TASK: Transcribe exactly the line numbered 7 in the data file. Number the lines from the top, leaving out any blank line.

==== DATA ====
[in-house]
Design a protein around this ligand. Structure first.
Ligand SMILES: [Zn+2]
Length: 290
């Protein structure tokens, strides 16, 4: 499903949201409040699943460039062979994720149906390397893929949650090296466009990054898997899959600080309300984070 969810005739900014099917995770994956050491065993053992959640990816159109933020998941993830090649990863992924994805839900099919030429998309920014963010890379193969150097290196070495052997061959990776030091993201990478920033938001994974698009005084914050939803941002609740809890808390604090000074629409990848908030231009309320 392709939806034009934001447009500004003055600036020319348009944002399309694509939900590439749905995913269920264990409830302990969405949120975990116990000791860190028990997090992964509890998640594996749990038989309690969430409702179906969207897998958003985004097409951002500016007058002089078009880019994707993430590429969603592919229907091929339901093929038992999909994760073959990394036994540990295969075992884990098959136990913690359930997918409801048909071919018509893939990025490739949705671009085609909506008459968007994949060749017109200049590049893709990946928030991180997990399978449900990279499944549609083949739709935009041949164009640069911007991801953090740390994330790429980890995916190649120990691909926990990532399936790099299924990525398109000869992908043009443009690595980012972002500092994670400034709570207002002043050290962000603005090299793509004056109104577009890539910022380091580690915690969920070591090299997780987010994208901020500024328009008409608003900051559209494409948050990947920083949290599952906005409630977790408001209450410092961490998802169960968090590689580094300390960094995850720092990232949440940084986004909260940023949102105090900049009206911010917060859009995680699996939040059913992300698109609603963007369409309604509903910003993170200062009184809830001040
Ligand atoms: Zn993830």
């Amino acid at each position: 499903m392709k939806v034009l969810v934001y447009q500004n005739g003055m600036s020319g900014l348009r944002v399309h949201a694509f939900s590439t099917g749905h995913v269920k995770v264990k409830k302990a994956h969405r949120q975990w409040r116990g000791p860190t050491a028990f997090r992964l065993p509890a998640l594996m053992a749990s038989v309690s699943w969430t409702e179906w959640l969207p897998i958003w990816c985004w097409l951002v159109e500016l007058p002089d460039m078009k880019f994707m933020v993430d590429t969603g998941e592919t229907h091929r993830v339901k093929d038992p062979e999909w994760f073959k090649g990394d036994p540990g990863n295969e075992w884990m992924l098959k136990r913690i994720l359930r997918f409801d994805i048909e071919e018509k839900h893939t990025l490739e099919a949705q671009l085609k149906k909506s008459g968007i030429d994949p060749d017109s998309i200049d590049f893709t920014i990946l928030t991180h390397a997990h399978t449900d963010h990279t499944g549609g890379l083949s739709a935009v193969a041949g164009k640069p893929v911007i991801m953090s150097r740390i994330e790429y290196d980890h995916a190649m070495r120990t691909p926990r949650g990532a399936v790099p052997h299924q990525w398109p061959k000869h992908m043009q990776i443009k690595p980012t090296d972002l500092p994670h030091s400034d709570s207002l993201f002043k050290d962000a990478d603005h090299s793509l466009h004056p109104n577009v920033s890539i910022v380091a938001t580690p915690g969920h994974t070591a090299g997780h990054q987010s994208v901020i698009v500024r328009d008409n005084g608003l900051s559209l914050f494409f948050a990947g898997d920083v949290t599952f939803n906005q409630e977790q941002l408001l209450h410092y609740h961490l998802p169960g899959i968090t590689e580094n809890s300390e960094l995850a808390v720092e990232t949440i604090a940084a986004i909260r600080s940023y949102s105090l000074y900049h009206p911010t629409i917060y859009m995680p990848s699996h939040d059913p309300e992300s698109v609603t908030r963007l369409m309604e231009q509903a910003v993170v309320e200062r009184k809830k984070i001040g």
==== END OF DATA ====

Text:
């Amino acid at each position: 499903m392709k939806v034009l969810v934001y447009q500004n005739g003055m600036s020319g900014l348009r944002v399309h949201a694509f939900s590439t099917g749905h995913v269920k995770v264990k409830k302990a994956h969405r949120q975990w409040r116990g000791p860190t050491a028990f997090r992964l065993p509890a998640l594996m053992a749990s038989v309690s699943w969430t409702e179906w959640l969207p897998i958003w990816c985004w097409l951002v159109e500016l007058p002089d460039m078009k880019f994707m933020v993430d590429t969603g998941e592919t229907h091929r993830v339901k093929d038992p062979e999909w994760f073959k090649g990394d036994p540990g990863n295969e075992w884990m992924l098959k136990r913690i994720l359930r997918f409801d994805i048909e071919e018509k839900h893939t990025l490739e099919a949705q671009l085609k149906k909506s008459g968007i030429d994949p060749d017109s998309i200049d590049f893709t920014i990946l928030t991180h390397a997990h399978t449900d963010h990279t499944g549609g890379l083949s739709a935009v193969a041949g164009k640069p893929v911007i991801m953090s150097r740390i994330e790429y290196d980890h995916a190649m070495r120990t691909p926990r949650g990532a399936v790099p052997h299924q990525w398109p061959k000869h992908m043009q990776i443009k690595p980012t090296d972002l500092p994670h030091s400034d709570s207002l993201f002043k050290d962000a990478d603005h090299s793509l466009h004056p109104n577009v920033s890539i910022v380091a938001t580690p915690g969920h994974t070591a090299g997780h990054q987010s994208v901020i698009v500024r328009d008409n005084g608003l900051s559209l914050f494409f948050a990947g898997d920083v949290t599952f939803n906005q409630e977790q941002l408001l209450h410092y609740h961490l998802p169960g899959i968090t590689e580094n809890s300390e960094l995850a808390v720092e990232t949440i604090a940084a986004i909260r600080s940023y949102s105090l000074y900049h009206p911010t629409i917060y859009m995680p990848s699996h939040d059913p309300e992300s698109v609603t908030r963007l369409m309604e231009q509903a910003v993170v309320e200062r009184k809830k984070i001040g």